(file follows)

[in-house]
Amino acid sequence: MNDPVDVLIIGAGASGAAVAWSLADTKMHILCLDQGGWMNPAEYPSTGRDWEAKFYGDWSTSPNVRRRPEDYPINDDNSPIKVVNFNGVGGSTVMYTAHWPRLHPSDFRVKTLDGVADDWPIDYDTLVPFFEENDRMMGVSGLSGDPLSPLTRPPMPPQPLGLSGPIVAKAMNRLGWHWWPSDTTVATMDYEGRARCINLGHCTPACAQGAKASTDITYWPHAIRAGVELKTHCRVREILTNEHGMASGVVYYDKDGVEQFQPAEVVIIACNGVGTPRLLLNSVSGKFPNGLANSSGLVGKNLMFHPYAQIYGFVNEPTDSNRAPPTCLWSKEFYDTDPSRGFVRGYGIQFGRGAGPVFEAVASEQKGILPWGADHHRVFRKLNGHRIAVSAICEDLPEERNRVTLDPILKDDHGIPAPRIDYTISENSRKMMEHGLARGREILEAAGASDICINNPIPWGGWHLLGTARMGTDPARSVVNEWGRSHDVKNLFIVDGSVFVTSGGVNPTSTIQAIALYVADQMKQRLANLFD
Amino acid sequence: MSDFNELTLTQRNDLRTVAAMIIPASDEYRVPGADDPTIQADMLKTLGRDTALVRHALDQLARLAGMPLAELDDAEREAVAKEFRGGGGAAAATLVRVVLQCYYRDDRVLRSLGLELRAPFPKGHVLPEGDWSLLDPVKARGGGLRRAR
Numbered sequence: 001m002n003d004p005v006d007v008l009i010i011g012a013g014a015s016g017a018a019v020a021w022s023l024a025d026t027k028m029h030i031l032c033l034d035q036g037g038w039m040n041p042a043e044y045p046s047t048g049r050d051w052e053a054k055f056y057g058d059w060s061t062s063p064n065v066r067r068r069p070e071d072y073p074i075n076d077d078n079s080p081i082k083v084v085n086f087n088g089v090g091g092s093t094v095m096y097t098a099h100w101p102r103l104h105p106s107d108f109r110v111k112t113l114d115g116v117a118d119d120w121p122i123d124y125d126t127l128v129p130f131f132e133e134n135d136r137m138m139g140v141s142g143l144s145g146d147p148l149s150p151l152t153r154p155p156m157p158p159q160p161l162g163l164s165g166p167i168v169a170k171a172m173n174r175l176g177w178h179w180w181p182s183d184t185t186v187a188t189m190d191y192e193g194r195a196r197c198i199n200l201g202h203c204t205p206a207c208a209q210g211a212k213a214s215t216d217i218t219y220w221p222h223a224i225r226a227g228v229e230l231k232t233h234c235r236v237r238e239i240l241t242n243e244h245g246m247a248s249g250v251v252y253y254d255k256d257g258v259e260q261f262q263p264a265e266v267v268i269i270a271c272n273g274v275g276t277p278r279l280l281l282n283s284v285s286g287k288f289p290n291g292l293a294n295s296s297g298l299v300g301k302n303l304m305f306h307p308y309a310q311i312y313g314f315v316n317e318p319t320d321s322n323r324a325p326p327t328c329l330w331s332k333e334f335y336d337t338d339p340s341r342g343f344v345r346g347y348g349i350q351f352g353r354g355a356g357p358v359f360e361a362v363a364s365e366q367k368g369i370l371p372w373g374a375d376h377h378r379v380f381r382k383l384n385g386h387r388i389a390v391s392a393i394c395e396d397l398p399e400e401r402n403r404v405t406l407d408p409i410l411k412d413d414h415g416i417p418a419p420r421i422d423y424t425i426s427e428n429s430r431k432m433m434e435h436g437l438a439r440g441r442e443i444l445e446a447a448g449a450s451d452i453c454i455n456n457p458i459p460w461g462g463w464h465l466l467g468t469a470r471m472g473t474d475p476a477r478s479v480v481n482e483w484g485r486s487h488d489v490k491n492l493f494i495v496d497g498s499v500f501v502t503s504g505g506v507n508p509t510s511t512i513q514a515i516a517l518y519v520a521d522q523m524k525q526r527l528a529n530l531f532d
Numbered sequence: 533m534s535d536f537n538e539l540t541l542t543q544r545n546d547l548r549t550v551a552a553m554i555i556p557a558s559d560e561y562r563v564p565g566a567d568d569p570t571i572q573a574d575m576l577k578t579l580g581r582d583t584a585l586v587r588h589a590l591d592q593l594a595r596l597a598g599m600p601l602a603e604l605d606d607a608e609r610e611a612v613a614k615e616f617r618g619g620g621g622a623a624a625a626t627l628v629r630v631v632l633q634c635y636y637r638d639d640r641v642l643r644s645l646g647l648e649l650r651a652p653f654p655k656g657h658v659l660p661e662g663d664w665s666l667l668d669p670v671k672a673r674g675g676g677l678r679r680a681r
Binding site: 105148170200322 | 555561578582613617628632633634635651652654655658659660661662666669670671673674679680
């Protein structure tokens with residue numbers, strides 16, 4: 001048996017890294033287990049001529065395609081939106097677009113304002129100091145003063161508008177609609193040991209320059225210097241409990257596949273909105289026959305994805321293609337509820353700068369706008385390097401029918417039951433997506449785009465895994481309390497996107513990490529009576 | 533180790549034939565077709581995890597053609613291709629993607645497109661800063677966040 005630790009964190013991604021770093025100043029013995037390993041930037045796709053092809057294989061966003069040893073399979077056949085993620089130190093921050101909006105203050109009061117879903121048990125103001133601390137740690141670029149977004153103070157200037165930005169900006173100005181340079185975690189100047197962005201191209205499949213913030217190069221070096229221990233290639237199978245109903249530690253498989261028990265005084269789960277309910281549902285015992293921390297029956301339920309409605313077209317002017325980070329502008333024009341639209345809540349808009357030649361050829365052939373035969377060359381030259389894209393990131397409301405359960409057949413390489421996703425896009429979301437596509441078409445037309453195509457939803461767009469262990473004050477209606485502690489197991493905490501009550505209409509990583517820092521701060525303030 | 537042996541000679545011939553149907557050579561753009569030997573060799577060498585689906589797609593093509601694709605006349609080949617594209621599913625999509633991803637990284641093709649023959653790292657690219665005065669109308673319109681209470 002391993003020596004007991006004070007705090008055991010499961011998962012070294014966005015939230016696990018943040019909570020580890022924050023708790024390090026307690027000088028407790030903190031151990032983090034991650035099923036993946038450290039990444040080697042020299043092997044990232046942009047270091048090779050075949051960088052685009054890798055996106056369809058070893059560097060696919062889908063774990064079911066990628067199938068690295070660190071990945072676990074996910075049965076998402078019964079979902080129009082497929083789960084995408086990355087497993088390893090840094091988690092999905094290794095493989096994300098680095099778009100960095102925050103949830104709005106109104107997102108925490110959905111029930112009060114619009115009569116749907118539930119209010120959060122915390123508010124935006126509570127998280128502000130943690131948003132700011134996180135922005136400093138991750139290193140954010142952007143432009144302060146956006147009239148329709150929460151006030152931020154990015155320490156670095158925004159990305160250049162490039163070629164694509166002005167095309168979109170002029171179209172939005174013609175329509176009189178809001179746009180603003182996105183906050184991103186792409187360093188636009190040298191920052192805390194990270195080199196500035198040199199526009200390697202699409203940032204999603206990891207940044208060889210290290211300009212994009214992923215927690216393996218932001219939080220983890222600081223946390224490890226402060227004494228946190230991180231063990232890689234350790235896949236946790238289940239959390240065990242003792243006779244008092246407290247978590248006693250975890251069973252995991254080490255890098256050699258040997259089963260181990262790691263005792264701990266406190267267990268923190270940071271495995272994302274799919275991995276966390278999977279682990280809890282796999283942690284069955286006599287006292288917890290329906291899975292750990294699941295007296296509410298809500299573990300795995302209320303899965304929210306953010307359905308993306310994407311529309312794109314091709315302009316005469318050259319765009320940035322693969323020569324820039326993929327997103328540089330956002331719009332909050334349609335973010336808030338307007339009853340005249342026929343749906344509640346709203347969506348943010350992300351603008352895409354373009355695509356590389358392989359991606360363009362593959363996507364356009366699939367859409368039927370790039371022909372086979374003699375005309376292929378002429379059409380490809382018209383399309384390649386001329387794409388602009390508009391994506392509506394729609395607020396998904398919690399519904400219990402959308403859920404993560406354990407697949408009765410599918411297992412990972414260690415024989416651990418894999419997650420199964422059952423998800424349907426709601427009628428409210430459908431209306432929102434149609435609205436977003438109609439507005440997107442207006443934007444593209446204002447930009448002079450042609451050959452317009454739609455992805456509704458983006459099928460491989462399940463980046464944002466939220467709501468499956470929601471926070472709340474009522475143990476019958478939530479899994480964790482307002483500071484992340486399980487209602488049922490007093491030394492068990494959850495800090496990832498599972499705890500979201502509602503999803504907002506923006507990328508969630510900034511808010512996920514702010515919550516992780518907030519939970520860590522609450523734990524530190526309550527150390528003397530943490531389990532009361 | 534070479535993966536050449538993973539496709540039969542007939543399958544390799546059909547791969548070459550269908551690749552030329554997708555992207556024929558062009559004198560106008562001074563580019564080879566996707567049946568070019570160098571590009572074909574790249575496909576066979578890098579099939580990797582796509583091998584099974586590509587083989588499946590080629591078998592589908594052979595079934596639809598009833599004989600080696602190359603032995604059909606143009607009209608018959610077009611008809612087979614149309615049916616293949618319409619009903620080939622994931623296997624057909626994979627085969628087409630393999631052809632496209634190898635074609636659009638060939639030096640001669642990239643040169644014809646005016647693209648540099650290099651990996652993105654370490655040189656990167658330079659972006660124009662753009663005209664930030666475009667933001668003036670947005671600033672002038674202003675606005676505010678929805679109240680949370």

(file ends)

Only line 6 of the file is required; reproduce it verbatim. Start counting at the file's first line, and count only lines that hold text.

Binding site: 105148170200322 | 555561578582613617628632633634635651652654655658659660661662666669670671673674679680